Rent vs buy debate: the winner is
I’ll let you be the judge of who wins the rent vs buy debate. I’ll suggest the following:
Bulls of the housing market argue the house wins because:
- There is strong expectation that the value of the house in 25 years will at least double eliminating the entire cost and then some.
- You get less house when you rent vs buy.
- Renting a comparable size home is far above cost of a mortgage.
Bears of the housing market argue renting wins because:
- 4% investment growth rate is below what the 25 years expectation really would be driving down the cost of renting much further.
- With renting you have the flexibility to move, almost every year, if you wish.
- No timing the market with renting, good renters are always in high demand.
Ways to save on your mortgage
Debt is the cancer of the financial world. It erodes financial security and cripples you from achieving freedom and happiness in life. Is owning a house a SMART investment?
Here’s a few steps to help you reduce the real cost of your mortgage. Utilizing any one of these steps could help you save huge amount of your money and live a life with less debt!
Step 1: Live by your means
Step 1 Part 1: Determine what your means are
Take a look at your life and determine what size of home do you need; how many bedrooms, bathrooms, how many square feet. Do you need to live near work or school? Have you considered the need for a garage? Once you have these figured out it is much easier to find the perfect place that not erode your wealth.
Step 1 Part 2: Can your means fit into the budget?
Within the financial world a general guideline is to have your housing costs (mortgage, property taxes, insurance, hydro, etc.) equal 30% of your after-tax income. Purchasing a house that allows you to live within the 30% is ideal providing you do not have credit card debt.
Step 2: Increase the down payment
A larger down payment (double of the down payment in the scenario above) means $20,000 less interest over the 25 years! That’s more money in your pocket. It will take more time to save up for a down payment however just because your friends are buying homes too early in life does not mean you have to. Live at home if you can, rent if you must, the down payment should be cash not on credit.
Step 3: Pay your mortgage
Accelerated payments is a great way to tackle the principal portion of your debt. By going with accelerated weekly payments you can save $50,000 of interest, that’s 6% on the total price of the home. Now where can you get a guaranteed 6% rate of return?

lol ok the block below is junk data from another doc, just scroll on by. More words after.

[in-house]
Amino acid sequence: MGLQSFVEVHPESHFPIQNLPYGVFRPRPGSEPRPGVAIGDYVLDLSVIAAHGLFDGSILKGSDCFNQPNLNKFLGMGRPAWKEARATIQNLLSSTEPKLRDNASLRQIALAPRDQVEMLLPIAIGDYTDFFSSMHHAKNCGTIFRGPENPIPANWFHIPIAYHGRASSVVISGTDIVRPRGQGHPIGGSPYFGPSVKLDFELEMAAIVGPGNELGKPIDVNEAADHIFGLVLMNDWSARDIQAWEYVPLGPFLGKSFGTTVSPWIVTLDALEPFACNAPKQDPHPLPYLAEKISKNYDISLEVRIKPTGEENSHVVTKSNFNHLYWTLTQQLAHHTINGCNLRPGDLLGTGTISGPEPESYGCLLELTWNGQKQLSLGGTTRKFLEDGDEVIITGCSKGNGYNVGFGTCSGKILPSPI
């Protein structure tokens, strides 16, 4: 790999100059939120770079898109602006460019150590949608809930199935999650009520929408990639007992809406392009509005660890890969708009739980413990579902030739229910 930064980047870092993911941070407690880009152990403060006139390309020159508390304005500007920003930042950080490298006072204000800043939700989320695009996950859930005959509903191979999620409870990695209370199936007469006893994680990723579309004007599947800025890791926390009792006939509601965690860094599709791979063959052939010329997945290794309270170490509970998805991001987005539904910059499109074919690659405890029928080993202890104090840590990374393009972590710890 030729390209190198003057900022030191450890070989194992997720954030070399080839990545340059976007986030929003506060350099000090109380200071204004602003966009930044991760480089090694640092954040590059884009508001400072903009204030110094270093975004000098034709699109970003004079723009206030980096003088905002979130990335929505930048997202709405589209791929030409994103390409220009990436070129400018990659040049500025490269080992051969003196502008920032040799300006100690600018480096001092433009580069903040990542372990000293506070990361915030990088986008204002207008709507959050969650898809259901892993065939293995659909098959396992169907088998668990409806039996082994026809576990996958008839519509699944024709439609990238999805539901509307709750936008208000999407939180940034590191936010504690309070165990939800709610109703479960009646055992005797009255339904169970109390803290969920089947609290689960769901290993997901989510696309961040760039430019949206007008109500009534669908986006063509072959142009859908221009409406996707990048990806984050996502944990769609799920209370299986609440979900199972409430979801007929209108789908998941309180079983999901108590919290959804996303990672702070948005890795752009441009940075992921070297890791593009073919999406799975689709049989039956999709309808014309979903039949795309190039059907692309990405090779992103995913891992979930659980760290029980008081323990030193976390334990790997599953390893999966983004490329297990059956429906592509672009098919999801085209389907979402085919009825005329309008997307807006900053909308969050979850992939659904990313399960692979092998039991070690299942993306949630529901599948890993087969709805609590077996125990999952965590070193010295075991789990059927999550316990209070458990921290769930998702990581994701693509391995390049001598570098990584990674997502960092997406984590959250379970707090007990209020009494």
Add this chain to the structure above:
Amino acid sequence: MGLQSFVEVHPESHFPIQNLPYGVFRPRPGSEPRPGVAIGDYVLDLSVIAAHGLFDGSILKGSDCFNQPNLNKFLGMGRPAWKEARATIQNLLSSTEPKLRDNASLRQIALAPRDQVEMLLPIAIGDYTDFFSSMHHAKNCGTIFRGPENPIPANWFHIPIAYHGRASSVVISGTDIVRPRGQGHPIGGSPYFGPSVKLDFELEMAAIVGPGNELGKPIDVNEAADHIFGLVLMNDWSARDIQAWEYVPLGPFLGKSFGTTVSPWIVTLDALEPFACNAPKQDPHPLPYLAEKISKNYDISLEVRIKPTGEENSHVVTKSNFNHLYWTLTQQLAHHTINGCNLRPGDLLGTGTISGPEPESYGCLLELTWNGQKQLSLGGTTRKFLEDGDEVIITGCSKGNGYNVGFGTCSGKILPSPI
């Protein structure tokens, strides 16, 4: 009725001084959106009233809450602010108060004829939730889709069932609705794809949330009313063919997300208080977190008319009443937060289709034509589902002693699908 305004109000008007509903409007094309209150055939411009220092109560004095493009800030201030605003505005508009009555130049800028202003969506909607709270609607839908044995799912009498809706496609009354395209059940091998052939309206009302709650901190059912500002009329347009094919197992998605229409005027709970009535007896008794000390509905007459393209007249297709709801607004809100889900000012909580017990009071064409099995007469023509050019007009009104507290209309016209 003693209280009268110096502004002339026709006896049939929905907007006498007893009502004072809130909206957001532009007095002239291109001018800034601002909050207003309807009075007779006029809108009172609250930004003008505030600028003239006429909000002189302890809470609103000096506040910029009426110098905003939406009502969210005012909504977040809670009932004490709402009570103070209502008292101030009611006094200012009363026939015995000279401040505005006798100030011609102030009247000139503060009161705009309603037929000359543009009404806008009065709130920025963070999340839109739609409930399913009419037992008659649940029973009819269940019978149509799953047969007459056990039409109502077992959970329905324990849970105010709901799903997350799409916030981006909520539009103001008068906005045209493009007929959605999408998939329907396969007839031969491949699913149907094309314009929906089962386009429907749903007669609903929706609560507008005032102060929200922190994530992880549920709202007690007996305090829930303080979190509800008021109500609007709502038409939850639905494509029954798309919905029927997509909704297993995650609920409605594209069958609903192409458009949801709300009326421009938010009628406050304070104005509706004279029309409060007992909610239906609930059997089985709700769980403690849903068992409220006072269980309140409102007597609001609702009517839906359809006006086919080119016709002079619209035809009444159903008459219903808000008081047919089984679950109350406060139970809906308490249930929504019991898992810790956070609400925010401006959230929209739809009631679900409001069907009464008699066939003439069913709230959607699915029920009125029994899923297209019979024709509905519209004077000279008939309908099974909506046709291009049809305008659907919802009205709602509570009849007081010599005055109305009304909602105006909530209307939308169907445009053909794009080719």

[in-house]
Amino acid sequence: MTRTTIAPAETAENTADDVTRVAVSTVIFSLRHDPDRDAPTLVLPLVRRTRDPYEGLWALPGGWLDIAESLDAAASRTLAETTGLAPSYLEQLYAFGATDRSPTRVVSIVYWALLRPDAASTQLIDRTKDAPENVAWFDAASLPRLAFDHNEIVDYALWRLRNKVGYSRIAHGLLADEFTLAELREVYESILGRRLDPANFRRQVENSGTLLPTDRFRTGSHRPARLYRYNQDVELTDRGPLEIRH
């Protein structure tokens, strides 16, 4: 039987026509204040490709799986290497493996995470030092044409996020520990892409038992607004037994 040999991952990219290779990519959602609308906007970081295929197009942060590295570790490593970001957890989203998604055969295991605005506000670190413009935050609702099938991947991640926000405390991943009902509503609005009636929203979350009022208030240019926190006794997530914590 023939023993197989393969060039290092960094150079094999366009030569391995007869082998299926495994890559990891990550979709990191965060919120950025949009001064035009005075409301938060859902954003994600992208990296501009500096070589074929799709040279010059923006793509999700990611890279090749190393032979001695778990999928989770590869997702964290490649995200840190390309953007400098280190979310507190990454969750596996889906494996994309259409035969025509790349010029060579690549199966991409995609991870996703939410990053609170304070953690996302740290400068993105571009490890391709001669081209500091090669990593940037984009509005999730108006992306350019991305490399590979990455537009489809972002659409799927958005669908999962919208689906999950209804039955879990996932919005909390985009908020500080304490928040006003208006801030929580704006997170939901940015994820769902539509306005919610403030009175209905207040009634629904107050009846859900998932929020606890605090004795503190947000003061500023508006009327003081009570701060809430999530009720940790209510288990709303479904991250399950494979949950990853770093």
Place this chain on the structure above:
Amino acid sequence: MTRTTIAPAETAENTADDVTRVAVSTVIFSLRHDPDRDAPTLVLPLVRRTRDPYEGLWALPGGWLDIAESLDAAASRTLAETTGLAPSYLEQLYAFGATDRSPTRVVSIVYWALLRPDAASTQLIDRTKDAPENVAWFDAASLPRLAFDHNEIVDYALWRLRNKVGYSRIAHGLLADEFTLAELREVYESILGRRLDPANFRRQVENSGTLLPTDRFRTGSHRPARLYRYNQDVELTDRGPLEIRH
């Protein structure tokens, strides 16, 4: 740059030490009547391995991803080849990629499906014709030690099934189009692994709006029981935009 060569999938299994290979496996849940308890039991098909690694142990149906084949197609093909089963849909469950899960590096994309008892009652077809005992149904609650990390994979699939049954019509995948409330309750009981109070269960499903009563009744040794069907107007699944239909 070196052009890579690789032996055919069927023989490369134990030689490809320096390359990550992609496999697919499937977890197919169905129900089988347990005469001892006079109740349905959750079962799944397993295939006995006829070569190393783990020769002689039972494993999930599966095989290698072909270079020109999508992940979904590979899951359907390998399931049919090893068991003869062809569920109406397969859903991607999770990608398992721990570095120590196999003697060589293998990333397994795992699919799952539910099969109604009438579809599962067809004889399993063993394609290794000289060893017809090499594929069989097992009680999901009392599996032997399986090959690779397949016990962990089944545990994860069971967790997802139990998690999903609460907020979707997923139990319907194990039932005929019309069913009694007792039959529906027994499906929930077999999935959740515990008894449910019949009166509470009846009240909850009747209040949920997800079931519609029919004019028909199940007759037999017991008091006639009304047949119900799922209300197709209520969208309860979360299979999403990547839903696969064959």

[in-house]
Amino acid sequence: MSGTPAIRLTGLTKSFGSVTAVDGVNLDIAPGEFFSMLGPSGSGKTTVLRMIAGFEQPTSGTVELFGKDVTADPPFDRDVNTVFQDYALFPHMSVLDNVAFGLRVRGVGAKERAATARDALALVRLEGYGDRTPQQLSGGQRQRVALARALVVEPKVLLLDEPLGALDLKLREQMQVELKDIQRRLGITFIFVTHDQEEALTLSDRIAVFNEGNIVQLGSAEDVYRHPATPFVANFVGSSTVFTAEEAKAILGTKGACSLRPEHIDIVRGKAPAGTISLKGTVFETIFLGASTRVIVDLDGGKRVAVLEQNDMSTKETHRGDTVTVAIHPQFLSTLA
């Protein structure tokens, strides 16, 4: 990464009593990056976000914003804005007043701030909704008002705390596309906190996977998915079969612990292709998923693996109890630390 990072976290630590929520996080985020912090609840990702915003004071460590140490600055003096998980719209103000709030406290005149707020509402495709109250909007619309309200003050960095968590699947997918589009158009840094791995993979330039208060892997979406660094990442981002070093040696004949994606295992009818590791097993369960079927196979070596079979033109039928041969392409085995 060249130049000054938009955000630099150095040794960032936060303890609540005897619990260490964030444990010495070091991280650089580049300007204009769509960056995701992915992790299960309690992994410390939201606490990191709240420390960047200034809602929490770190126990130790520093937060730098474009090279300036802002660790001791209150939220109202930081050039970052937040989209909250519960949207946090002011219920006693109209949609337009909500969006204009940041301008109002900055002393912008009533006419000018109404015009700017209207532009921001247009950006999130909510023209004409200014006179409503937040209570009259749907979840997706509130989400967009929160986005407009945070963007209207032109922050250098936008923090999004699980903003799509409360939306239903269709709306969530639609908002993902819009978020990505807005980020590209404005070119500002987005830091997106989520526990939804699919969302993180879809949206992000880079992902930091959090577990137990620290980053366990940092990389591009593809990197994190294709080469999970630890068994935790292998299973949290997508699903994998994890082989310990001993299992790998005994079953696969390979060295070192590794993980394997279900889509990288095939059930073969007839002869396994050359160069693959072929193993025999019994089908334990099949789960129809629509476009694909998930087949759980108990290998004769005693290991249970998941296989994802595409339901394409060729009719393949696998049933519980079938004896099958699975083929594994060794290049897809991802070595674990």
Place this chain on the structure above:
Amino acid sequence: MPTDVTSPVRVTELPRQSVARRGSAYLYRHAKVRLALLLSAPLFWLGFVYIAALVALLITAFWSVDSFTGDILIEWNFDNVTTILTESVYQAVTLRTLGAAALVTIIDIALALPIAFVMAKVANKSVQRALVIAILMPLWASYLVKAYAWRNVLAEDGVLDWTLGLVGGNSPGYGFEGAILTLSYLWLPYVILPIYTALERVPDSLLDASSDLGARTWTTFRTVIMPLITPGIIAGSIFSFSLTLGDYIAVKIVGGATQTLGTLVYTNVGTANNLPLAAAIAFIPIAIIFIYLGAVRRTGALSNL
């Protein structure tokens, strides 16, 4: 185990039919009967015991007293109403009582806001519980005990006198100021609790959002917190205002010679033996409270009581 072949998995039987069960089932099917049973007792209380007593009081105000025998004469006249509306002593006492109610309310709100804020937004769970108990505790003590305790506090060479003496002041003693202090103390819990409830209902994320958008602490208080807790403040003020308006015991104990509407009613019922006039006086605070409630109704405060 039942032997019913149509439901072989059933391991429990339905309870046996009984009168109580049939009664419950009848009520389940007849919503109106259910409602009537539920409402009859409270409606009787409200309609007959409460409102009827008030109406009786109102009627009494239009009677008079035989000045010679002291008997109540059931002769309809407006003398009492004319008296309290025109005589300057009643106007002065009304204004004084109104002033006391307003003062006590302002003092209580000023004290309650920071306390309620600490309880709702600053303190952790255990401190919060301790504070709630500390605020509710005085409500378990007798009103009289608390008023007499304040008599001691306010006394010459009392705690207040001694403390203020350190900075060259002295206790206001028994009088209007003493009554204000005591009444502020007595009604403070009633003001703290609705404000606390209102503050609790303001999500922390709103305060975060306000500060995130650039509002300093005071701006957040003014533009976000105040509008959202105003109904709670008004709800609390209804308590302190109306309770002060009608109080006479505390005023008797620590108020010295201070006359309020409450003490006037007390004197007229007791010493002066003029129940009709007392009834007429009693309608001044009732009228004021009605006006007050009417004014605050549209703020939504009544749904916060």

Step 4: Read your contract
Anniversary payments: Every year you can make a lump sum payment that goes directly on the mortgage principle. Using that bonus from work or your tax refund is a great source of this extra cash. Plus you can sleep better at night knowing you just filled a large portion of the giant debt hole.
Step 5: Shorten your mortgage
Amortize your mortgage over a shorter period. On the above scenario changing your amortization period from 25 to 20 years will save you $65,000 with monthly payments and $100,000 on accelerated weekly payments! Talk about a great way to save!
Step 6: Pay cash (if you can!)
Pay cash for the entire house. Yes that’s right, save the money and pay in cash! You won’t make any friends at the bank but you have enough friends already and they’re not trying to steal your money.
Despite the many financial pitfalls of home ownership there are more than enough easy ways to reduce your debt. Following these steps, you should be able to reduce the true costs of your mortgage.
Have you considered purchasing a home with another person? This may be a great way to cut the overall purchase price and expenses in half! Millennials in major cities are purchasing homes together as the current prices are far too high for just one of the them to buy. Just like any partnership or business it is very important to make sure you have a co-ownership agreement in place to specify the responsibilities of each party and what the exit strategy is. Consider what happens if one owner wants out while the other(s) do not.
Perhaps an easier way to save is simply renting out a vacant room or town in the house to generate additional income which will make your house more affordable. You will further save on utilities especially in the common areas of the house as there will be more than one person using them. A common saying is “two can live cheaper than one”.
YOUR NEXT MOVE: RENT VS BUY
Your next move is a big one. If you have not yet purchased a home, should you? In looking at the analysis if you expect the home to double in value in 25 years than buying a house makes more financial sense. However we must consider that the interest rates will raise and in 25 years the housing market may be a downturn. That is why using the ways to save are so important to making your largest purchase work in your favour. Don’t let the biggest purchase of your life cripple you for life, enjoy your home, make it your own, don’t let it make you.